Closed as fixed:

Edge

Firefox

Core

Downloads

1.10.0

@gorhill gorhill released this Nov 28, 2016 · 91 commits to master since this release

Changes

Dynamic filtering pane

The dynamic filtering pane in the popup panel is now available in read-only mode to users who did not enable "I am an advanced user" in Settings:

Dynamic filtering pane in read-only mode

The rationale for this change is explained in issue 2010. It still is collapsed by default, but can be brought up by clicking the "requests blocked" or "domains connected" fields in the main area.

Template-based scriptlets

In order to promote the reuse of injectable scriplets across different sites, it is now possible for a scriptlet to accept arguments. The arguments are comma-separated and appear after the token, for example (a real case):

golem.de##script:inject(abort-on-property-write.js, _sp_)

In the example above, the scriplet abort-on-property-write.js contains a placeholder for one argument, which placeholder will be replaced with the argument _sp_. Placeholders for scriplets which accept arguments will always be for string values (reminder that injectable scriplets are part of the project, never from an external party).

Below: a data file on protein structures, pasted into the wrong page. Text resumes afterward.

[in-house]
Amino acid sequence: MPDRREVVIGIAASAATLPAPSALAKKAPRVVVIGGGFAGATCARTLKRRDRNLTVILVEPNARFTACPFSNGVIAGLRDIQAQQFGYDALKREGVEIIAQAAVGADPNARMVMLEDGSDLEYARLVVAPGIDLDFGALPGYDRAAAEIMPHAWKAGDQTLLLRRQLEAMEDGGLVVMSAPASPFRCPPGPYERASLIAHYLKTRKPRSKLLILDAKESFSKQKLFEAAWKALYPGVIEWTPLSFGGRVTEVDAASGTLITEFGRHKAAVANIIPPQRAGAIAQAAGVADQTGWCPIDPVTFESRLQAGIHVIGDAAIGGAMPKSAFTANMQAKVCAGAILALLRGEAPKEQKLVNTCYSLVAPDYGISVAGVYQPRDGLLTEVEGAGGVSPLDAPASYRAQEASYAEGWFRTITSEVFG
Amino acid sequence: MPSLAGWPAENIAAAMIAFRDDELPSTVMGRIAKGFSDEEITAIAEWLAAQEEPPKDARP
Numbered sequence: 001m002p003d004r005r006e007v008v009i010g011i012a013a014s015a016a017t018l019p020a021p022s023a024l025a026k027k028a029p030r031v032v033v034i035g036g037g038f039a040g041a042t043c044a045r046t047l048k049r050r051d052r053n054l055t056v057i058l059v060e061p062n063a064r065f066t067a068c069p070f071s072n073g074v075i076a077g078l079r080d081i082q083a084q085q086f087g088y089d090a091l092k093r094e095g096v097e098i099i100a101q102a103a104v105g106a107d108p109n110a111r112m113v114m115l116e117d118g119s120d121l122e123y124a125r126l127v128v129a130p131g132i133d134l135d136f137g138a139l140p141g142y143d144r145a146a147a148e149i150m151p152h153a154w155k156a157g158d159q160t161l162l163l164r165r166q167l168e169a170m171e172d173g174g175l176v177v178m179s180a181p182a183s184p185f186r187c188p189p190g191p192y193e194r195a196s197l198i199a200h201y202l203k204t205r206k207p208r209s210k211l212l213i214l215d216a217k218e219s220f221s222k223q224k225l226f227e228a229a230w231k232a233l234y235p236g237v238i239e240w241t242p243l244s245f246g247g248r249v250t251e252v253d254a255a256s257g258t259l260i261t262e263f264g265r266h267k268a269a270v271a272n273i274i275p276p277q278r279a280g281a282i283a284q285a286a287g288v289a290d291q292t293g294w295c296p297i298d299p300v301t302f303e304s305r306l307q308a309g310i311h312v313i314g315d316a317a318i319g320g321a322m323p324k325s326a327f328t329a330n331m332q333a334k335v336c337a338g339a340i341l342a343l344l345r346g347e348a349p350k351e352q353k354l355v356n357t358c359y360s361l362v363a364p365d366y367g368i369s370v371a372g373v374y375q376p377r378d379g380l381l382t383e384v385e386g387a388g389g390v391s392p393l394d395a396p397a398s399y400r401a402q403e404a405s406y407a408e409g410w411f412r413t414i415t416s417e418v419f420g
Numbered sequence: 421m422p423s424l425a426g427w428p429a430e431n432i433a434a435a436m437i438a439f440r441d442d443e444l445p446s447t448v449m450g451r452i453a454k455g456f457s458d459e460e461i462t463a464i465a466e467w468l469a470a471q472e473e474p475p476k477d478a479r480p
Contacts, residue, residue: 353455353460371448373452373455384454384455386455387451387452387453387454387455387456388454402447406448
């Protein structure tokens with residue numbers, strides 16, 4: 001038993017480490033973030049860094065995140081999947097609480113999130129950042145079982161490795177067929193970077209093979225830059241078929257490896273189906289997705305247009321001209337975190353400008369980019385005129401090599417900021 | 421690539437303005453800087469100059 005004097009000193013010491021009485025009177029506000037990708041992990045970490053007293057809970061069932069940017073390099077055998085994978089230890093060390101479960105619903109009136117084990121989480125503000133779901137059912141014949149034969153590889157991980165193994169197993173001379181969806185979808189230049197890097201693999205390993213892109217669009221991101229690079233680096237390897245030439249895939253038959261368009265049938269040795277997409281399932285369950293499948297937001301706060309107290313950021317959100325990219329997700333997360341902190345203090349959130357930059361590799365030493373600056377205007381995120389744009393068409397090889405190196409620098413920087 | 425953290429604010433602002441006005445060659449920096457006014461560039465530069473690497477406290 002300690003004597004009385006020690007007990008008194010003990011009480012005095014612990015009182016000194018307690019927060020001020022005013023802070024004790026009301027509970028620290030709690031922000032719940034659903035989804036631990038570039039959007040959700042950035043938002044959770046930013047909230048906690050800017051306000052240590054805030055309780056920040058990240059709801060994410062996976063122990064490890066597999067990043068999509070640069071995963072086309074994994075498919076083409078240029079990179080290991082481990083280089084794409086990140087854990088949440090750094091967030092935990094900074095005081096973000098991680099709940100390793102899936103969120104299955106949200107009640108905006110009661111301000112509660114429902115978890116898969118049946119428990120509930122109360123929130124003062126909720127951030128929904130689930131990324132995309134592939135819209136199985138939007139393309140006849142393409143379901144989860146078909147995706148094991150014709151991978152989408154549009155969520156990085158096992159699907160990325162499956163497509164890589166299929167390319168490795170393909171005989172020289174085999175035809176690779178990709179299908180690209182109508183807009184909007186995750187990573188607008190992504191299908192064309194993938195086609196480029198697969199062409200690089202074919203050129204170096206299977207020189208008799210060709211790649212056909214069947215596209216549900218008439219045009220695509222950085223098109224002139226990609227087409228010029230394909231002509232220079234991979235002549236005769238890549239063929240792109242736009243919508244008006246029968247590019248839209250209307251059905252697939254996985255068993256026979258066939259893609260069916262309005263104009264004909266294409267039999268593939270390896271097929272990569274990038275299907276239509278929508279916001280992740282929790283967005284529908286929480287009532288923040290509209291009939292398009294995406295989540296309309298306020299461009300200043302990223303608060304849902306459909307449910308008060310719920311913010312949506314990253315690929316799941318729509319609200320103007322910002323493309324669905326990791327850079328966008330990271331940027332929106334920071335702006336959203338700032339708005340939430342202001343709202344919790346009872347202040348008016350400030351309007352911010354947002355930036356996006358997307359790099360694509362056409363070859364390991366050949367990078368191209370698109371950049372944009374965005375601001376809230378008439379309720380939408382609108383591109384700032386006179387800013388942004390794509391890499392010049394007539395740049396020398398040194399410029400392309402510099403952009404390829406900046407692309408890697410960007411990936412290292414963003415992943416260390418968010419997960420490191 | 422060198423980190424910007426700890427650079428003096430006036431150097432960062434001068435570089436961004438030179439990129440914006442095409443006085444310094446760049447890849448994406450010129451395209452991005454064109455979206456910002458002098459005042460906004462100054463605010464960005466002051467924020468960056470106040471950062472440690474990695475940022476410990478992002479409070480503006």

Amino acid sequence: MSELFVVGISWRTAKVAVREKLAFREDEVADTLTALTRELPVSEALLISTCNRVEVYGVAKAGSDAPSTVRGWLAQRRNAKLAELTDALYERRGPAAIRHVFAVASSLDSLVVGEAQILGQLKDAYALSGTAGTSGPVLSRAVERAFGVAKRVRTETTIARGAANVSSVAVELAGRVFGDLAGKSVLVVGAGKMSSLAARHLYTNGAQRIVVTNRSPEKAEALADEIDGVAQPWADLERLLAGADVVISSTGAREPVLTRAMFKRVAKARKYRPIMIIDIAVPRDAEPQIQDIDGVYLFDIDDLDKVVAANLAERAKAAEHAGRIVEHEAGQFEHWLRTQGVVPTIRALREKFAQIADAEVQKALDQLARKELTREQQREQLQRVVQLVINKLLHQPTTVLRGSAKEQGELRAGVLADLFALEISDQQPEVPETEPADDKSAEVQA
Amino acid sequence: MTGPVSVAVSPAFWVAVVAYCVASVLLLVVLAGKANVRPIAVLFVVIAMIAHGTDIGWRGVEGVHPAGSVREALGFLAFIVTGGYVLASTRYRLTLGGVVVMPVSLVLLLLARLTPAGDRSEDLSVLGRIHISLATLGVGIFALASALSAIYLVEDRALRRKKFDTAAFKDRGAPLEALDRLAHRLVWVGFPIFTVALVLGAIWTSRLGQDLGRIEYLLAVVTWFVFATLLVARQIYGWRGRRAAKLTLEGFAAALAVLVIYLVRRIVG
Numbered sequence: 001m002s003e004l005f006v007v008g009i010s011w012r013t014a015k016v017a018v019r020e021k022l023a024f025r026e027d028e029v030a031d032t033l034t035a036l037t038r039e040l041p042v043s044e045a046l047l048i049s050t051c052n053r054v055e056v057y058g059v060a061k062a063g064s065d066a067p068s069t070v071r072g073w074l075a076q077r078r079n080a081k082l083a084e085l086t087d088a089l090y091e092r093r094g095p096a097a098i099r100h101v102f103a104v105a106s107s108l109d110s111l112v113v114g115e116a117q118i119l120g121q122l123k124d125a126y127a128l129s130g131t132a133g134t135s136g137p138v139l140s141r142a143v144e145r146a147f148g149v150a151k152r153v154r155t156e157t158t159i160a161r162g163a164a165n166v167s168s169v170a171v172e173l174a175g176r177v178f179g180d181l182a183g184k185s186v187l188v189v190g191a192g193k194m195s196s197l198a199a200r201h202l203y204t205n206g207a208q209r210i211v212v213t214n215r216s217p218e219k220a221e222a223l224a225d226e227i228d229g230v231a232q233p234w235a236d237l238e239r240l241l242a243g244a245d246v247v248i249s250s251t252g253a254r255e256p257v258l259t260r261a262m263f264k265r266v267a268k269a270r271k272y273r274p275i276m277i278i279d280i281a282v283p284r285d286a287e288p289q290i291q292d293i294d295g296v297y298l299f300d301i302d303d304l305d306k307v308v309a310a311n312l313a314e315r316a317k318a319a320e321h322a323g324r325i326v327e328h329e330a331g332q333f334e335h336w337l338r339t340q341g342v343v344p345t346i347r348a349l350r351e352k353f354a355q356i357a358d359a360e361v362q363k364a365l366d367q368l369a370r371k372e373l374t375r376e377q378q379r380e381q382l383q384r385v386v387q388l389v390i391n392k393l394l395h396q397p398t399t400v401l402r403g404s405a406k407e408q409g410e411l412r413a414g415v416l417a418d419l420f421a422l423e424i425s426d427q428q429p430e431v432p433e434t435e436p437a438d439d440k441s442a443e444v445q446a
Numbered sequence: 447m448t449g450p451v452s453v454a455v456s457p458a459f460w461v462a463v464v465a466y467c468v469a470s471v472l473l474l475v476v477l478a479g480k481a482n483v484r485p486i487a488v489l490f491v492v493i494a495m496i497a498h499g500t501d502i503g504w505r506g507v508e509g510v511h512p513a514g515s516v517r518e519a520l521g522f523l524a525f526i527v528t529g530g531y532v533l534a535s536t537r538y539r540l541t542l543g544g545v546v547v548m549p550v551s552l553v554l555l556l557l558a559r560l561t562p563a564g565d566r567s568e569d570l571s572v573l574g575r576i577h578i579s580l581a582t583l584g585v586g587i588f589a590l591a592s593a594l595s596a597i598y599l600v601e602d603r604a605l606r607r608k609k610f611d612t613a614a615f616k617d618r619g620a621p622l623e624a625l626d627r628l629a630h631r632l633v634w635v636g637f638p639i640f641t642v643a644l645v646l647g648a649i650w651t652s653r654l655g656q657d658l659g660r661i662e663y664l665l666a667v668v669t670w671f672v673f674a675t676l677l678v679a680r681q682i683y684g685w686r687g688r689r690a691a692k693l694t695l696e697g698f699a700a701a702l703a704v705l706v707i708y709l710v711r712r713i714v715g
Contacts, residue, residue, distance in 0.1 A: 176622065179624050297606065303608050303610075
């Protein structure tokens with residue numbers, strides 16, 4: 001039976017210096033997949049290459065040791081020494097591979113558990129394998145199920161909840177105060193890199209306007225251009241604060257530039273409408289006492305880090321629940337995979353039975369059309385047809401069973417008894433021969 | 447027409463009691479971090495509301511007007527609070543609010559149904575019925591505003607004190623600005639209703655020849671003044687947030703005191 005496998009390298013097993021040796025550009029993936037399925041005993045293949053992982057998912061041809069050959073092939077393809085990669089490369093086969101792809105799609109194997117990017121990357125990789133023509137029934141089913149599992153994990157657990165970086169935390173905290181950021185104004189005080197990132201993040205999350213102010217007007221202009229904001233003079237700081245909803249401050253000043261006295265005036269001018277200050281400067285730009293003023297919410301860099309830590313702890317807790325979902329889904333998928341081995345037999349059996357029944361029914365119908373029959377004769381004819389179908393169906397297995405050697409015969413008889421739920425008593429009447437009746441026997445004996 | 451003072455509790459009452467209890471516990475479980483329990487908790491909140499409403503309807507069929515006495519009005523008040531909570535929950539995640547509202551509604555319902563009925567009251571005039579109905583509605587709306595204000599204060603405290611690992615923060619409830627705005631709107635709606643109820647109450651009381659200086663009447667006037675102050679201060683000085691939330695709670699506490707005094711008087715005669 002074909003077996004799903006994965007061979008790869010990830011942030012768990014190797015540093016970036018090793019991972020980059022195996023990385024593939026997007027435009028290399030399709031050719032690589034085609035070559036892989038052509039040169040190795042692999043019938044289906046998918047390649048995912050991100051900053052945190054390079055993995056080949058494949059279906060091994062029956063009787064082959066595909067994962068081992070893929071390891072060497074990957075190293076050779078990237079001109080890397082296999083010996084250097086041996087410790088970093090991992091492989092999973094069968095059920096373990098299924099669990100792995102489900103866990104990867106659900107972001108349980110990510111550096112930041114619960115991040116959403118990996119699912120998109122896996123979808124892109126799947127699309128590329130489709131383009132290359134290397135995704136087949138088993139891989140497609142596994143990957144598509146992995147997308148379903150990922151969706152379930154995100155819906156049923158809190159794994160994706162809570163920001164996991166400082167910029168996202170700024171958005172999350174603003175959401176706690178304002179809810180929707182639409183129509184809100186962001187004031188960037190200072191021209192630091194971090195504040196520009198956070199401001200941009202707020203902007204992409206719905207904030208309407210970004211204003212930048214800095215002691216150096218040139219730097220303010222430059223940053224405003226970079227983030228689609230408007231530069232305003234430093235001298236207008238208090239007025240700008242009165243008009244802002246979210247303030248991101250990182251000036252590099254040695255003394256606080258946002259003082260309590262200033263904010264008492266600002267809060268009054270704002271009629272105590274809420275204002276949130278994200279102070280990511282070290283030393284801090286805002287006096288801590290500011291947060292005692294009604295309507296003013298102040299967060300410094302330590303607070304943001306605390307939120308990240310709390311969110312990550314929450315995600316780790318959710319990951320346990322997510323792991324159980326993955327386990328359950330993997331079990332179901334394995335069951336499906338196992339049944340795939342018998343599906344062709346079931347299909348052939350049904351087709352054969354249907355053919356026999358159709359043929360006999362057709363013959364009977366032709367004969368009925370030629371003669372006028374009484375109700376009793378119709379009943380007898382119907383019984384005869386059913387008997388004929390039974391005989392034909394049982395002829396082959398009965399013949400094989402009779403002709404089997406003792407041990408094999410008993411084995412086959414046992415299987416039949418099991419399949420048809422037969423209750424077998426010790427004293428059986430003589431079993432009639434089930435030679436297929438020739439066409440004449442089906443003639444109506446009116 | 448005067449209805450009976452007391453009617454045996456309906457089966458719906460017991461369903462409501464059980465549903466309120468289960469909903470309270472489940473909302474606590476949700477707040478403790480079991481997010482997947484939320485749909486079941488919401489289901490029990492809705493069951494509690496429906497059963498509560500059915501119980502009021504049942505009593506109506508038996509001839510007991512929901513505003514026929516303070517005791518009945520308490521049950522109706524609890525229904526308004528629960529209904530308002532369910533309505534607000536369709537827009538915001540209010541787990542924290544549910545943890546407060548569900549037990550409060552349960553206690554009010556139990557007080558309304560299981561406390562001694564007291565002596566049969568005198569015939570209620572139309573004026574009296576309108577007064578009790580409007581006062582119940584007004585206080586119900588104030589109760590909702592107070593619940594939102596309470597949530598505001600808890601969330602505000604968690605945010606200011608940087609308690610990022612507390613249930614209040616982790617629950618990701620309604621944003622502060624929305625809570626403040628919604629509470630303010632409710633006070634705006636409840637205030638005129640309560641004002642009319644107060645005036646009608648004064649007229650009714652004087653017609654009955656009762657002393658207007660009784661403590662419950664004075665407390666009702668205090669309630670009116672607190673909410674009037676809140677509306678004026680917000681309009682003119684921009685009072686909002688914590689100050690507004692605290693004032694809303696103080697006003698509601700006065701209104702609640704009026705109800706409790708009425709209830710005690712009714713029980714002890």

Advanced settings

A new "Advanced settings" pane, available only to advanced users. It contains settings which are experimental, or which are of interest to advanced users who want more control over how uBO behaves internally. I do not want to bloat the Settings pane in the dashboard with settings which are of interest only to a minority of users or which are experimental: this is where the new "Advanced settings" pane is useful.

When you enabled "Advanced users" in the Settings pane, a cogs icon will appear next to that setting. Click this cogs icon to access those "hidden" advanced settings:

the cogs icon

The UI of the advanced settings page is purposefully stern. Keep in mind that whatever settings you see in there may be experimental and could be removed at any time in the future.

Experimental advanced setting of interest: suspendTabsUntilReady (default to false), to prevent uBO from establishing any remote connection at launch before all filter lists/settings have been fully loaded (related issue #1327). How well it works will have to be evaluated by users.

WebExtensions